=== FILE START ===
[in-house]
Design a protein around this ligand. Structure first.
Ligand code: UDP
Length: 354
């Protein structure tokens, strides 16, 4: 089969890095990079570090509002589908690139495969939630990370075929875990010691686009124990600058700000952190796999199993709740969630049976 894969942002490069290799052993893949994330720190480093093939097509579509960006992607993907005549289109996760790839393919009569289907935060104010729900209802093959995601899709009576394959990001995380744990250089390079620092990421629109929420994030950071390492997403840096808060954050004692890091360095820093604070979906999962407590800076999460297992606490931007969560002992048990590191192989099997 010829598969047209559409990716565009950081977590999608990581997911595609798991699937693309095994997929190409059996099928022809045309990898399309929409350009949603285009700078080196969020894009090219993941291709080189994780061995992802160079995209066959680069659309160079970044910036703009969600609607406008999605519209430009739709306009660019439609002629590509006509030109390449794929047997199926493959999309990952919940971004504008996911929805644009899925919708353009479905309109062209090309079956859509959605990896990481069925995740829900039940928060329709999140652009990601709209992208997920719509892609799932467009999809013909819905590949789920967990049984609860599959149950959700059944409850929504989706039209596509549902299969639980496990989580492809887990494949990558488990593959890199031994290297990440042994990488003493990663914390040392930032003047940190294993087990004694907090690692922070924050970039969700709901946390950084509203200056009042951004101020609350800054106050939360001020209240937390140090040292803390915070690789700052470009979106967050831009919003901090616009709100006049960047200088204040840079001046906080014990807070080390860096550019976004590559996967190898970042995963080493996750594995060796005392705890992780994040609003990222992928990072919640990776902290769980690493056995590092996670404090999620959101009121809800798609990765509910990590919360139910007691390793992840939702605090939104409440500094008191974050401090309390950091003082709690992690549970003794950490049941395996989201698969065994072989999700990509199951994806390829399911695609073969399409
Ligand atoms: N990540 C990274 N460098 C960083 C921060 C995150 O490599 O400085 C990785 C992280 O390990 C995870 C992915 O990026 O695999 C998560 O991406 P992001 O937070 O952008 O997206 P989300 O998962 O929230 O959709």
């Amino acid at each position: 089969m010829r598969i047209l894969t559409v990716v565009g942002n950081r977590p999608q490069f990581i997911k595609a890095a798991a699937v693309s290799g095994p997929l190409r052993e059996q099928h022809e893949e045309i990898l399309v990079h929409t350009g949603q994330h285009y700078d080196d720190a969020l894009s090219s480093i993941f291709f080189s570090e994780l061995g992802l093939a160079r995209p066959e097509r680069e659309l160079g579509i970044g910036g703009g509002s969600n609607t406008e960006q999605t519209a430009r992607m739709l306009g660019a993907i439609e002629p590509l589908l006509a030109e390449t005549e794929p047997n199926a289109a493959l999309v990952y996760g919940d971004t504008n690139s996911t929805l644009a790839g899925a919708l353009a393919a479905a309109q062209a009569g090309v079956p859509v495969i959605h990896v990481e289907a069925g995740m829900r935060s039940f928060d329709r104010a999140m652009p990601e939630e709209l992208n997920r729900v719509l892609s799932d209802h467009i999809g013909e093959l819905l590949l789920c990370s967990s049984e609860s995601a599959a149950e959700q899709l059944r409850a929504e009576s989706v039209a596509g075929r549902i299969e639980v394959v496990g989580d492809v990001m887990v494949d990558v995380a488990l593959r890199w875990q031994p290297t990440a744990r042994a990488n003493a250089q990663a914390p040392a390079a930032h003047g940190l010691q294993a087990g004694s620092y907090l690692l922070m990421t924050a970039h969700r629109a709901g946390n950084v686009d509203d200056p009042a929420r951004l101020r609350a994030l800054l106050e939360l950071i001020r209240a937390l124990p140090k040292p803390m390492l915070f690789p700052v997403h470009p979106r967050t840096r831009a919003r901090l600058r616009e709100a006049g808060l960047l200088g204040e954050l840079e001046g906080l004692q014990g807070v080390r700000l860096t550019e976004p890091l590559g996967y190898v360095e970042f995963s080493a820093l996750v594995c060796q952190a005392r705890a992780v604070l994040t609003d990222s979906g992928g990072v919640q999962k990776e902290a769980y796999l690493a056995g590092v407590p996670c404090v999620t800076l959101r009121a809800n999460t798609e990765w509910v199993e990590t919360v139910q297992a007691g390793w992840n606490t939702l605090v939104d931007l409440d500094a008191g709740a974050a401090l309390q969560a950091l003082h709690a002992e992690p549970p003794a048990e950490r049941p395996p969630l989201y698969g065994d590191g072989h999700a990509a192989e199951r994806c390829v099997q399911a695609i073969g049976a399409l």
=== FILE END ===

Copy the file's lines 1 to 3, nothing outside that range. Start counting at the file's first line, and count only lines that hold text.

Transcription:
[in-house]
Design a protein around this ligand. Structure first.
Ligand code: UDP